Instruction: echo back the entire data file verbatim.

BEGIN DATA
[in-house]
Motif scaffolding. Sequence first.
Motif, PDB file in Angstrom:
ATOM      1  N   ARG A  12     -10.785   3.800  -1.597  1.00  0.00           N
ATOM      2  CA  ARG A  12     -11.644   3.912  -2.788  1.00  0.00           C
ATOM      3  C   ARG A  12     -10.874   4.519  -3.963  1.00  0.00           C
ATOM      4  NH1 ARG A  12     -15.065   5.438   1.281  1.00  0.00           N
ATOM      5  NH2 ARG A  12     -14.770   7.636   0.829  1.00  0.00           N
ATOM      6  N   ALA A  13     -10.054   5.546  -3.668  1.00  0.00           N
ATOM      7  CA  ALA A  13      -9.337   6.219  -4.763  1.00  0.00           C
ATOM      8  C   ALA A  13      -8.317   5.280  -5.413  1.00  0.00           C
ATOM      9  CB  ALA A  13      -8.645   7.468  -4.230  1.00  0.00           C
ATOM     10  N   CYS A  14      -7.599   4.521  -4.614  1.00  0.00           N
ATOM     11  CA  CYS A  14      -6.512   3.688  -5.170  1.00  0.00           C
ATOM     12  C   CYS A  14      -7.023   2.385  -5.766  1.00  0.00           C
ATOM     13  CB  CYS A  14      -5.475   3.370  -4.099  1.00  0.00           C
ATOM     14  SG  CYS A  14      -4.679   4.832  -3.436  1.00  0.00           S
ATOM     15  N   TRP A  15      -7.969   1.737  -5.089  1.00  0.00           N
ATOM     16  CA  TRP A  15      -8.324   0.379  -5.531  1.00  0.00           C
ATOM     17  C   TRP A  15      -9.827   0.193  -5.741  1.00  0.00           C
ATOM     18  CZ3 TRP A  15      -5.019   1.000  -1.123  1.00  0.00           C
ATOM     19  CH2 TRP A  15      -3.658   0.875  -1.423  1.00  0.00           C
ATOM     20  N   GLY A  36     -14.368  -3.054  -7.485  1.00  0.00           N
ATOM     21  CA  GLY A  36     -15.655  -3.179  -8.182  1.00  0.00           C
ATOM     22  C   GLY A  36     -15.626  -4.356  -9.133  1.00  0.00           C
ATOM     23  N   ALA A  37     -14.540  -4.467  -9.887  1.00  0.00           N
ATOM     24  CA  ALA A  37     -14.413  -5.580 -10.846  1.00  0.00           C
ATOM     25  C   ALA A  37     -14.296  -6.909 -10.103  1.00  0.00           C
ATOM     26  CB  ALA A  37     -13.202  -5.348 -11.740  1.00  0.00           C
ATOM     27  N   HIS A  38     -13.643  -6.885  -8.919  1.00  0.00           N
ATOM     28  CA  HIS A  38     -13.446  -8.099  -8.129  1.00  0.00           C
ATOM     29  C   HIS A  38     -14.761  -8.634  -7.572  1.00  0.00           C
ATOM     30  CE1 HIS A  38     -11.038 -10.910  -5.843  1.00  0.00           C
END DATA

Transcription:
[in-house]
Motif scaffolding. Sequence first.
Motif, PDB file in Angstrom:
ATOM      1  N   ARG A  12     -10.785   3.800  -1.597  1.00  0.00           N
ATOM      2  CA  ARG A  12     -11.644   3.912  -2.788  1.00  0.00           C
ATOM      3  C   ARG A  12     -10.874   4.519  -3.963  1.00  0.00           C
ATOM      4  NH1 ARG A  12     -15.065   5.438   1.281  1.00  0.00           N
ATOM      5  NH2 ARG A  12     -14.770   7.636   0.829  1.00  0.00           N
ATOM      6  N   ALA A  13     -10.054   5.546  -3.668  1.00  0.00           N
ATOM      7  CA  ALA A  13      -9.337   6.219  -4.763  1.00  0.00           C
ATOM      8  C   ALA A  13      -8.317   5.280  -5.413  1.00  0.00           C
ATOM      9  CB  ALA A  13      -8.645   7.468  -4.230  1.00  0.00           C
ATOM     10  N   CYS A  14      -7.599   4.521  -4.614  1.00  0.00           N
ATOM     11  CA  CYS A  14      -6.512   3.688  -5.170  1.00  0.00           C
ATOM     12  C   CYS A  14      -7.023   2.385  -5.766  1.00  0.00           C
ATOM     13  CB  CYS A  14      -5.475   3.370  -4.099  1.00  0.00           C
ATOM     14  SG  CYS A  14      -4.679   4.832  -3.436  1.00  0.00           S
ATOM     15  N   TRP A  15      -7.969   1.737  -5.089  1.00  0.00           N
ATOM     16  CA  TRP A  15      -8.324   0.379  -5.531  1.00  0.00           C
ATOM     17  C   TRP A  15      -9.827   0.193  -5.741  1.00  0.00           C
ATOM     18  CZ3 TRP A  15      -5.019   1.000  -1.123  1.00  0.00           C
ATOM     19  CH2 TRP A  15      -3.658   0.875  -1.423  1.00  0.00           C
ATOM     20  N   GLY A  36     -14.368  -3.054  -7.485  1.00  0.00           N
ATOM     21  CA  GLY A  36     -15.655  -3.179  -8.182  1.00  0.00           C
ATOM     22  C   GLY A  36     -15.626  -4.356  -9.133  1.00  0.00           C
ATOM     23  N   ALA A  37     -14.540  -4.467  -9.887  1.00  0.00           N
ATOM     24  CA  ALA A  37     -14.413  -5.580 -10.846  1.00  0.00           C
ATOM     25  C   ALA A  37     -14.296  -6.909 -10.103  1.00  0.00           C
ATOM     26  CB  ALA A  37     -13.202  -5.348 -11.740  1.00  0.00           C
ATOM     27  N   HIS A  38     -13.643  -6.885  -8.919  1.00  0.00           N
ATOM     28  CA  HIS A  38     -13.446  -8.099  -8.129  1.00  0.00           C
ATOM     29  C   HIS A  38     -14.761  -8.634  -7.572  1.00  0.00           C
ATOM     30  CE1 HIS A  38     -11.038 -10.910  -5.843  1.00  0.00           C